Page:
Posted on Tuesday November 24, 2020

On Monday, November 23, 2020, the Grand River Conservation Authority (GRCA) General Membership held a special board meeting to review and discuss the Province’s proposed changes to the Conservation Authorities Act and the Planning Act through Schedule 6 in Bill 229: Protect, Support and Recover from COVID-19 Act (Budget Measures)

schedule 6
Conservation Authorities Act

The Schedule amends the Conservation Authorities Act. The more significant amendments are described below.

Section 14 of the Act is amended to ensure that the members of a conservation authority that are appointed by participating municipalities are municipal councillors. The Minister is given the authority to appoint an additional member to a conservation authority to represent the agricultural sector.

The objects of a conservation authority described in section 20 of the Act are limited to the provision of programs and services required or permitted under sections 21.1, 21.1.1 and 21.1.2. Section 21.1 requires an authority to provide mandatory programs and services that are prescribed by regulation and meet the requirements set out in that section. Section 21.1.1 allows authorities to enter into agreements with participating municipalities to provide programs and services on behalf of the municipalities, subject to the regulations. Section 21.1.2 would allow authorities to provide such other programs and services as it determines are advisable to further the purposes of the Act, subject to the regulations. An authority is required to enter into agreements with the participating municipalities in its jurisdiction if any municipal funding is needed to recover costs for the programs or services provided under section 21.1.2. A transition plan shall be developed by an authority to prepare for entering into agreements relating to the recovery of costs. All programs and services must be provided in accordance with any prescribed standards and requirements.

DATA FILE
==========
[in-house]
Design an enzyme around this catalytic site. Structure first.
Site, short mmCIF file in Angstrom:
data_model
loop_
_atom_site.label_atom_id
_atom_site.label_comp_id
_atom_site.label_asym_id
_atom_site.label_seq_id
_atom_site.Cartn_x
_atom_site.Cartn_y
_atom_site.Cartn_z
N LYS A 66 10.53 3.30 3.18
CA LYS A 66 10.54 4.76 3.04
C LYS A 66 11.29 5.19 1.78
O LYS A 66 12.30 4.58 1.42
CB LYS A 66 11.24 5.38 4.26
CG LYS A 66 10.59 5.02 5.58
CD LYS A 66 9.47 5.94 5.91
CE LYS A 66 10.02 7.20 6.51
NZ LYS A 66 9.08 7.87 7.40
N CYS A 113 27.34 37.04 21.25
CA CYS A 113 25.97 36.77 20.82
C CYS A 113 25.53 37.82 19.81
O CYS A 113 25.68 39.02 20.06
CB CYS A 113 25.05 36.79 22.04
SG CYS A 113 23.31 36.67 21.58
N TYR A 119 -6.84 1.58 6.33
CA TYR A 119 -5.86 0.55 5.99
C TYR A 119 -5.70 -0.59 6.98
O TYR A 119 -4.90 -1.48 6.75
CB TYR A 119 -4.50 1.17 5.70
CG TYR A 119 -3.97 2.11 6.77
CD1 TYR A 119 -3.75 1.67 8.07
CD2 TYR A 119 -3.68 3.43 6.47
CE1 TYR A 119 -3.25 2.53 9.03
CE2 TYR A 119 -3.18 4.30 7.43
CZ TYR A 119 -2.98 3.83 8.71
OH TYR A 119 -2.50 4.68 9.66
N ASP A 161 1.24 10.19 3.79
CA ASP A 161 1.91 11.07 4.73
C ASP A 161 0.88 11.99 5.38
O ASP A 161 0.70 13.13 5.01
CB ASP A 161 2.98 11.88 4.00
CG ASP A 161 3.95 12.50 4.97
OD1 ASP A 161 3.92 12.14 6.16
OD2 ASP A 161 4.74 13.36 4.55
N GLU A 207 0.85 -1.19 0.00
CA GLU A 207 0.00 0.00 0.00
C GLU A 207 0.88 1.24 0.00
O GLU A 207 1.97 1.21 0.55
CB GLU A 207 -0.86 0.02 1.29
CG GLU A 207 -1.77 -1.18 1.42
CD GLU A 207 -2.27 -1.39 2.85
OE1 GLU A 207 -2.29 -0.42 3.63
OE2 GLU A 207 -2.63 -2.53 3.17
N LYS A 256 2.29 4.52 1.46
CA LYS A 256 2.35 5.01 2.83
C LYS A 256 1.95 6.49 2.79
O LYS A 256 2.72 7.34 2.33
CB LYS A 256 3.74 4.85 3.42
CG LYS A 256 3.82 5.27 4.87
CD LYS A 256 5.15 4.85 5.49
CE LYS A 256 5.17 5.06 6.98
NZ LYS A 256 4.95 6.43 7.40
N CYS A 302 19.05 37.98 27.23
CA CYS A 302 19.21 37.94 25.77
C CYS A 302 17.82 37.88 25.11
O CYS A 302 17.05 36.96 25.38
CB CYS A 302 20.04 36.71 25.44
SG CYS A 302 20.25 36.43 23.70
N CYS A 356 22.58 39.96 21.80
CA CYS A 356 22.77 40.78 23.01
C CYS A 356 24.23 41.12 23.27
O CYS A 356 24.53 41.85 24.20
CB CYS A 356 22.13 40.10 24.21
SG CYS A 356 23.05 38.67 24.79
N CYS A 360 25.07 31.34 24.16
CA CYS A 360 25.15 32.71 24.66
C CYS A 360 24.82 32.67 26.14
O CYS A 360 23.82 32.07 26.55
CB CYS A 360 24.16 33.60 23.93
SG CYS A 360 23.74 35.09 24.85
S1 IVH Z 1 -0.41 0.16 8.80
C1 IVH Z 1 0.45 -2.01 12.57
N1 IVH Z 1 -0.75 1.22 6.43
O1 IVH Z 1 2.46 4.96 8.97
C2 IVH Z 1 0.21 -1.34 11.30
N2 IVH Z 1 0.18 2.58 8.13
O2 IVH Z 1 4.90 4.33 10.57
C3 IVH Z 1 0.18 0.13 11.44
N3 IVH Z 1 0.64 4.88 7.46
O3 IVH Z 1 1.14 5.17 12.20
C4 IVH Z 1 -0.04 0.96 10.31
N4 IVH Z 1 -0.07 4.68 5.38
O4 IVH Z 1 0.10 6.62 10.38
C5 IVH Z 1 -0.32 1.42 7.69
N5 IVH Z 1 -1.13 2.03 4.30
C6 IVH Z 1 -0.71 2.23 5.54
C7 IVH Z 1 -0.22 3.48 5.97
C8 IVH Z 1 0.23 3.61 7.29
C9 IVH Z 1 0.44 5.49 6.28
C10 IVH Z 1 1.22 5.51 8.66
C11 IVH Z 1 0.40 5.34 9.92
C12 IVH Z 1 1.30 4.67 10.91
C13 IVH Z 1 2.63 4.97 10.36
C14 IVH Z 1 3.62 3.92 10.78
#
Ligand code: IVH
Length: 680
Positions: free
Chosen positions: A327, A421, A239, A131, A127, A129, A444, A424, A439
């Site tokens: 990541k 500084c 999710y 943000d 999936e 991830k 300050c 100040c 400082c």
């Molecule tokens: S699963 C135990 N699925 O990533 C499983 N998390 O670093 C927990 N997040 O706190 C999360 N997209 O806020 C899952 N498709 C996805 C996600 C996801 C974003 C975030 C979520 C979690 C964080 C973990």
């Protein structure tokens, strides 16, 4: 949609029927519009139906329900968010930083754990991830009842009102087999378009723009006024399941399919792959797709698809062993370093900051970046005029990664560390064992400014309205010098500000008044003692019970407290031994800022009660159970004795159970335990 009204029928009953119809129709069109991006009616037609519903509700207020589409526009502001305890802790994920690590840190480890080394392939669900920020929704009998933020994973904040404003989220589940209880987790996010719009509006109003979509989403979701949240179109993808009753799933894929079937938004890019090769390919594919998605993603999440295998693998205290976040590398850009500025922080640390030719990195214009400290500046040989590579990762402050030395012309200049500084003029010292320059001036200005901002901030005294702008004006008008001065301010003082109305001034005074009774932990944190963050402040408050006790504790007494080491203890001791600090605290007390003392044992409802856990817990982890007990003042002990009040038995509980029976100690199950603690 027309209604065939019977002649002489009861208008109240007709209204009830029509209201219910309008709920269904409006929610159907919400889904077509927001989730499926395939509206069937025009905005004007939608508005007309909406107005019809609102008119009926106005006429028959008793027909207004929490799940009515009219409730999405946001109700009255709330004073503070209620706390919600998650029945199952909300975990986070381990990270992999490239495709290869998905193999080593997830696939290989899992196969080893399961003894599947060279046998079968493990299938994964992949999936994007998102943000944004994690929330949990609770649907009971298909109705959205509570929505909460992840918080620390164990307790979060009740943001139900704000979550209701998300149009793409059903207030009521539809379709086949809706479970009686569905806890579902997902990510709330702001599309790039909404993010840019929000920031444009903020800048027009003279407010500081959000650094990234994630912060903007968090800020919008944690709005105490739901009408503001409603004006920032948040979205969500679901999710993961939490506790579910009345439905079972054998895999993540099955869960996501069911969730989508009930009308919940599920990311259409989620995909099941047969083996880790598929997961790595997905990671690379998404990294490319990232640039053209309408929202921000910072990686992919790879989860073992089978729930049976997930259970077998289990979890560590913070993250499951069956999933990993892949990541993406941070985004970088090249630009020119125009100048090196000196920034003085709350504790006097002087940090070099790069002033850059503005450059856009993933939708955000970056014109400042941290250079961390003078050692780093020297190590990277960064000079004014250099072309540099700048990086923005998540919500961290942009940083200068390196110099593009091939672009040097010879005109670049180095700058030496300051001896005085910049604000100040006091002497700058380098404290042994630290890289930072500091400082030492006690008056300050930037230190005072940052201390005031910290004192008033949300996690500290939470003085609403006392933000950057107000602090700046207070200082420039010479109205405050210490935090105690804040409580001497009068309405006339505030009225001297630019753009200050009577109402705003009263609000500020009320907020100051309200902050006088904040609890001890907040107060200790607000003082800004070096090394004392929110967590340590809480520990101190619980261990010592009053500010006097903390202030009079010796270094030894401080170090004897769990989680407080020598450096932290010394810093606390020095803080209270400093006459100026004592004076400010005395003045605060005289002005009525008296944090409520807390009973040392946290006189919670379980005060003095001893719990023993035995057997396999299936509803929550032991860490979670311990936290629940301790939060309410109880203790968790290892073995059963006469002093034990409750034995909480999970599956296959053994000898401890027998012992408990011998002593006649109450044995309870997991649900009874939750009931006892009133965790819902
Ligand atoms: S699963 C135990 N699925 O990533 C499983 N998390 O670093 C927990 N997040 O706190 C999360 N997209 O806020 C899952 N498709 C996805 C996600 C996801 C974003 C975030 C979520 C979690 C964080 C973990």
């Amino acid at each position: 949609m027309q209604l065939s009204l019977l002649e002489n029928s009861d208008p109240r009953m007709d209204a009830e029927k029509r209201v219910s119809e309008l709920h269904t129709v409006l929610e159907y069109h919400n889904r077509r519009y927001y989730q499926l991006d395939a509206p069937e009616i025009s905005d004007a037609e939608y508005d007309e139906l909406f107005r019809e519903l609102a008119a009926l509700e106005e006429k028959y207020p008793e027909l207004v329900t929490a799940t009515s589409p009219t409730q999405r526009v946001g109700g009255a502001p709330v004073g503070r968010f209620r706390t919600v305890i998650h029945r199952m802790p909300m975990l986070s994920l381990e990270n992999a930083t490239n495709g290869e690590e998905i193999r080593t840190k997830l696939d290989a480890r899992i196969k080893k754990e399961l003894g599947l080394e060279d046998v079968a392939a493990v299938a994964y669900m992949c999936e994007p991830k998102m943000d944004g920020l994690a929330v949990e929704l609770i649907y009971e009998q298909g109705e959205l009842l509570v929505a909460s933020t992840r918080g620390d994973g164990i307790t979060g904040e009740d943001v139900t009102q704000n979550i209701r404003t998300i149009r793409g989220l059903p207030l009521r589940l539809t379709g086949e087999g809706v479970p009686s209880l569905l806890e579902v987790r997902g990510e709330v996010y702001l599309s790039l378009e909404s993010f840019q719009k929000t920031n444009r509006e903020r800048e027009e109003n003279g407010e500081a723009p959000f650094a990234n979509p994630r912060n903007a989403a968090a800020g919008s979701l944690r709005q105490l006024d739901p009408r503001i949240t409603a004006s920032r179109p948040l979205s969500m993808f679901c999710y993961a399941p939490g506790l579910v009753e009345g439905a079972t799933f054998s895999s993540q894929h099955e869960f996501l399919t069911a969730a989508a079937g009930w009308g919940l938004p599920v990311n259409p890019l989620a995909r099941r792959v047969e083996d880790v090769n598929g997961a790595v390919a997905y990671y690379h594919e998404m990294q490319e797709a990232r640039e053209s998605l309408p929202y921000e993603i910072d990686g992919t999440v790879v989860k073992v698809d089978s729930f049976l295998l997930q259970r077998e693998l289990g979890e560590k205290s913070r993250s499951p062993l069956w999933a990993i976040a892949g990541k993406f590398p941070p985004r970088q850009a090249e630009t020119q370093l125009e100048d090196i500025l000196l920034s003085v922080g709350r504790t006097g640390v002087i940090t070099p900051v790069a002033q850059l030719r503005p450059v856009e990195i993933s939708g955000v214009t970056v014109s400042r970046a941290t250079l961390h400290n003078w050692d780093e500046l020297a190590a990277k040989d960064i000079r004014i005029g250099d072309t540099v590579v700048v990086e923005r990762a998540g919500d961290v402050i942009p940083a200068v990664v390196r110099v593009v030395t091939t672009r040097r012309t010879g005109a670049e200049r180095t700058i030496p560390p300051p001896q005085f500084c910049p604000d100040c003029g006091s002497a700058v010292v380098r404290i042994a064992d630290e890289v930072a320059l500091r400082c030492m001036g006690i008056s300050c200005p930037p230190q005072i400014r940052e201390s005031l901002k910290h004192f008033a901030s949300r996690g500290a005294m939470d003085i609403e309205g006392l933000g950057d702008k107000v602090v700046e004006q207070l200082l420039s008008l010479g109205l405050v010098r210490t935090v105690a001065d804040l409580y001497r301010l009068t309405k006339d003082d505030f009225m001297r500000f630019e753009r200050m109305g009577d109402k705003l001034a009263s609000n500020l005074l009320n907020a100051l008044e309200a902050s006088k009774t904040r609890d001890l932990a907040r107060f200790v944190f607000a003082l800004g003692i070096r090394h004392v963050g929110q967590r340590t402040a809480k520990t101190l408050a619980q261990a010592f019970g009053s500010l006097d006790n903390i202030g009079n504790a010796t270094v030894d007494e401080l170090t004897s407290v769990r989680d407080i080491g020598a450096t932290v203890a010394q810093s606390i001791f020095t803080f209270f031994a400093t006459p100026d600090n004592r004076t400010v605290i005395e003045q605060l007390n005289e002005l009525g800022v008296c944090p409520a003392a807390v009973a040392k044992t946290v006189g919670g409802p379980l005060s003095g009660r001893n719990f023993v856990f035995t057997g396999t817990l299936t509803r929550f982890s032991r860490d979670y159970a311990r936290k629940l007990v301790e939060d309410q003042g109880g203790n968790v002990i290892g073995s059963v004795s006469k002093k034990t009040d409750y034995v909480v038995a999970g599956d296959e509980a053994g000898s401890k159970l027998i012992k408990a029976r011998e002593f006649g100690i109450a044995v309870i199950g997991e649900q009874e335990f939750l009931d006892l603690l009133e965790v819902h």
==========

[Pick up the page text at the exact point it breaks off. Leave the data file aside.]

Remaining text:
Section 21.2 of the Act allows a person who is charged a fee for a program or services provided by an authority to apply to the authority to reconsider the fee. Section 21.2 is amended to require the authority make a decision upon reconsideration of a fee within 30 days. Further, the amendments allow a person to appeal the decision to the Local Planning Appeal Tribunal or to bring the matter directly to the Tribunal if the authority fails to render a decision within 30 days.

New sections 23.2 and 23.3 of the Act would allow the Minister to take certain actions after reviewing a report on an investigation into an authority’s operations. The Minister may order the authority to do anything to prevent or remedy non-compliance with the Act. The Minister may also recommend that the Lieutenant Governor in Council appoint an administrator to take over the control and operations of the authority.